“Driving your private vehicle is probably the safest way to travel, and driving it with people you live with is perfectly safe,” says Franckhauser. “Since you’re already breathing their air.”
She did not mention dogs, but they were carefully ensconced in the X7’s third row, which, given the car’s 122-inch wheelbase, was definitely more than 6 feet away from me. This still provided plenty of room in the cargo area for all of our physical (and emotional) baggage.
The roadside rest areas were eerily empty. The highway was smooth and undulating. The drive was totally without incident, except if you count the near-constant proclamations of praise for the X7.
“I love this car so much,” Colin kept saying. “It’s so smooth and quiet.”
He speaks the truth. Tests of the X7 prove that it is as silent at speed as a contemporary S-Class, though it was not afraid to make some bombast (real, or piped-in) when I got on the gas. Adapative cruise control and lane-keeping assist, and a 523-horsepower twin-turbo V8, helped the hours and miles fly by, a 22-gallon gas tank prevented even the 19 mpg observed inefficiency from dragging us through too many pit stops. Though I did wonder how a six-figure luxo-barge like this could come without massaging seats.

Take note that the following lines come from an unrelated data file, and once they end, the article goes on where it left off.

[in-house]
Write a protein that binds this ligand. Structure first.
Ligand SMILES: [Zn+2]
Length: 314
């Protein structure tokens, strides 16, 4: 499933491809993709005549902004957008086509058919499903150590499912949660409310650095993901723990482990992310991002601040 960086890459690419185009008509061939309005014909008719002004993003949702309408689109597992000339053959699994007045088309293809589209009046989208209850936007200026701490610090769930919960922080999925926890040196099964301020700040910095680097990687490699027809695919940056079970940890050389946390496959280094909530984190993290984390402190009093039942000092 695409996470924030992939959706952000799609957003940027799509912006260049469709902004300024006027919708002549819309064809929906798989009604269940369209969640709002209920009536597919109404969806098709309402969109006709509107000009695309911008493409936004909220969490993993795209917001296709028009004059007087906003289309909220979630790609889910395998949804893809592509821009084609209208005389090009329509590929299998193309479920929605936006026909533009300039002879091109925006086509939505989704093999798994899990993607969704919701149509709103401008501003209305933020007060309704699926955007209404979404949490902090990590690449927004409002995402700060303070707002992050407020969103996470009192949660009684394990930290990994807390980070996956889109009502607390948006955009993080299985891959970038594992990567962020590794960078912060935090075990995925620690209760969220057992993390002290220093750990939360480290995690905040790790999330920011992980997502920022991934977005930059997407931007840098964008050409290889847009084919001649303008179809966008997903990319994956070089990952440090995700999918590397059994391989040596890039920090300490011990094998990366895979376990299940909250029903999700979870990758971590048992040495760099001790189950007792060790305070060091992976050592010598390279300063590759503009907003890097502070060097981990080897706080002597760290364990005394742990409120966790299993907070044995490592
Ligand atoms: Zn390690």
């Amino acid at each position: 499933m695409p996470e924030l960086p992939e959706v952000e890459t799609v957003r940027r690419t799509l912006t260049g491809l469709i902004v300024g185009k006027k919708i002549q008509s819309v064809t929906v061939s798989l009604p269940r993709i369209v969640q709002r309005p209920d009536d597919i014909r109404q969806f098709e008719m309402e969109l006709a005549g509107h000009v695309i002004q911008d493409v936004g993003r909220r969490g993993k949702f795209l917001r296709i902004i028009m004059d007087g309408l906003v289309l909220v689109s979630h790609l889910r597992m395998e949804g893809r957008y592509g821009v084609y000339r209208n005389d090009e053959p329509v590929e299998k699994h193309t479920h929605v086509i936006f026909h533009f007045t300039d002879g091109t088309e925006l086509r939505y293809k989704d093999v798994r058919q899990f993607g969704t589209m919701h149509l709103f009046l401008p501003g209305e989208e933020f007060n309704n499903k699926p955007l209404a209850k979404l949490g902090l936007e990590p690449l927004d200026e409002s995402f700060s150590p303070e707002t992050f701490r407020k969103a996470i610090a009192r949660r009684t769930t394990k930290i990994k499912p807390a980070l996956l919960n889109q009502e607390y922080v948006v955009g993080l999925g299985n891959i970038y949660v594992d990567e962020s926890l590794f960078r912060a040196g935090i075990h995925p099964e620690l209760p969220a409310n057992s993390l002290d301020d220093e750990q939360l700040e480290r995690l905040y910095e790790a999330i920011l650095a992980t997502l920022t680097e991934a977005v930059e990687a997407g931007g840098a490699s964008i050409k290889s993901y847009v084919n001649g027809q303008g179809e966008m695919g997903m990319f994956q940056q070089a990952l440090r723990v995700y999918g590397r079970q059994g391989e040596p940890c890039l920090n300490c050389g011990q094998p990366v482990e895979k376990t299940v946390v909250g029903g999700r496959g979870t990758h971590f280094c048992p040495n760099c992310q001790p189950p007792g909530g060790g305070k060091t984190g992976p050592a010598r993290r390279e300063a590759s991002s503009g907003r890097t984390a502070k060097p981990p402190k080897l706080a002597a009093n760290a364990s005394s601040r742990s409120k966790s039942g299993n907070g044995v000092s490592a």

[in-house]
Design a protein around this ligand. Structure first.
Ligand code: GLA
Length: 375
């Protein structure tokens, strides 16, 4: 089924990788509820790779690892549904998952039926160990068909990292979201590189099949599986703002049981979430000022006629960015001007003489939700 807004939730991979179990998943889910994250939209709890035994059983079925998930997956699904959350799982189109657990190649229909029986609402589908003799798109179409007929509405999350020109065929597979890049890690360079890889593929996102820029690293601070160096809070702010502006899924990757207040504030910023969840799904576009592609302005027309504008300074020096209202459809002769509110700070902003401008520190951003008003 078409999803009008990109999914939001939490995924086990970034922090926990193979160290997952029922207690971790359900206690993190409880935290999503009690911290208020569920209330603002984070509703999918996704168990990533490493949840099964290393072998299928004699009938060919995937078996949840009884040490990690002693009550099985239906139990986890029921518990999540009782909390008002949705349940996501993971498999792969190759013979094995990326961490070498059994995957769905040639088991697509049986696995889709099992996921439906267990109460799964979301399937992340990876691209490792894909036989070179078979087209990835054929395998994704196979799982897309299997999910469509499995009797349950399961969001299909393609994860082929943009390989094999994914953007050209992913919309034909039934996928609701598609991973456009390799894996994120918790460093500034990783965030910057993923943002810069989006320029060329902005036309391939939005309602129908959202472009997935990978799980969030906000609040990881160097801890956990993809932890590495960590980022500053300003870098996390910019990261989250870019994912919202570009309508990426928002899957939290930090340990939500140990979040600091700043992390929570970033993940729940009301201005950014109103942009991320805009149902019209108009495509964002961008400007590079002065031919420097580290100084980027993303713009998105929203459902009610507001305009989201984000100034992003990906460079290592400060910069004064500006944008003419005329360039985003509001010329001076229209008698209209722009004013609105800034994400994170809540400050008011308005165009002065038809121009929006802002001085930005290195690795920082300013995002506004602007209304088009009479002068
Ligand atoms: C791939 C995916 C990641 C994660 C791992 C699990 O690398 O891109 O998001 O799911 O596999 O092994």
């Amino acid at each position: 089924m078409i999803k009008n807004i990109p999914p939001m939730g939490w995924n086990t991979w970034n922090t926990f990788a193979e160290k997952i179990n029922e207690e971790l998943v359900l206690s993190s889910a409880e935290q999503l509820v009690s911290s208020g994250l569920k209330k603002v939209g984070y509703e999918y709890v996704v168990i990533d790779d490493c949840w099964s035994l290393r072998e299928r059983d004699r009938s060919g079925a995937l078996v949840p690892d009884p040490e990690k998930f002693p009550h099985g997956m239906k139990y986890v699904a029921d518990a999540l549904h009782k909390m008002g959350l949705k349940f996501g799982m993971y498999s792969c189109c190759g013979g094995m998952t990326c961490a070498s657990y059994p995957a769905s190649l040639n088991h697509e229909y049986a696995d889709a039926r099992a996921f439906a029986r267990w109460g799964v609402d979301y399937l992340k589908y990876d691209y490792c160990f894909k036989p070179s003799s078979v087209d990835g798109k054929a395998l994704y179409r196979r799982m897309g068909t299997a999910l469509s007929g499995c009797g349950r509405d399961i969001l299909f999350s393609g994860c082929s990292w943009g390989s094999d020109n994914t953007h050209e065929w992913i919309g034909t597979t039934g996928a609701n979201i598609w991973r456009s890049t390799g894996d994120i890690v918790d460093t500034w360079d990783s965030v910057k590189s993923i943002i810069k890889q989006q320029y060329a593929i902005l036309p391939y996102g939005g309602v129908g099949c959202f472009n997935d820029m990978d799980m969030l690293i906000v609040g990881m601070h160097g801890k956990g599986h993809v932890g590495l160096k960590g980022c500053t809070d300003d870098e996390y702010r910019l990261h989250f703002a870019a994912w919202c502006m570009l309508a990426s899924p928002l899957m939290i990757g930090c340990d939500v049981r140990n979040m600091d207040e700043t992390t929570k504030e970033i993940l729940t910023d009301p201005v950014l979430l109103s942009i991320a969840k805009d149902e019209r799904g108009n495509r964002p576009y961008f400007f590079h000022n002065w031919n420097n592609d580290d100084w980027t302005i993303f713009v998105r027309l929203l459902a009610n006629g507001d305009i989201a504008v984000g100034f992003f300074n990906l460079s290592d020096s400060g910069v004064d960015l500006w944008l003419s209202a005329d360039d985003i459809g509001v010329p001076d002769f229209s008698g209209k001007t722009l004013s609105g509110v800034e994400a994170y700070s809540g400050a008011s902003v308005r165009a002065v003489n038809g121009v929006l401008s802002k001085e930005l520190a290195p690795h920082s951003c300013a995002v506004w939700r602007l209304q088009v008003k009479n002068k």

Speaking of seats, the X7’s power-operated second row seats were the one detail that ground us down. BMW has created some complex algorithm for the movement of these thrones in concert or relation to the front seats and door openings that is intended to ease ingress and egress for all three rows of passengers, but ends up doing just the opposite. We spent many a minute – covered in sand, filled up with fried food, and wanting to get back to the house to relieve ourselves of both – standing outside the car, dumbfounded (or being crushed or reclined up front) as the seats performed an ecdysiastic routine of their own invention. Adding sand to the seat tracks did not aid in this awkward ballet.
Following strict instructions from the local authorities, we did not drive our car into town, and we did wear masks when we ventured onto its atypically empty streets. We ate all of our meals in the house, save a few takeout binges we ate in or near the car. (The X7’s broad front center console makes an excellent fried-food-serving buffet.) We drove to the beach. We went for long walks through sand dunes and stunted pine forests. Despite signs warning of great white sharks, and gonad-shriveling surface temperatures, we swam in the Atlantic. We drank a liter of gin, two liters of tequila, and two liters of vodka, smoked innumerable cigarettes, and consumed all of the legal weed we purchased locally. None while driving, obviously.
At no time did we separate from each other, except to sleep, and at no point were we closer than 6 feet from an unmasked stranger. The X7 cosseted us, and never hiccuped. During an evening thunderstorm, we spied a rainbow through its panoramic sunroof. The next night, the magic LED-impregnated glass roof made its own light display.
We have traveled many places with Colin and Peter, and making new friends has never been high on our list of goals when vacationing together. Less so now in this era of social distancing. But that was fine.
“One of the great things about this trip,” Colin joked as we pulled down the driveway to leave the Cape, “was getting to catch up with you guys.” Our pod remains united. We miss our X7.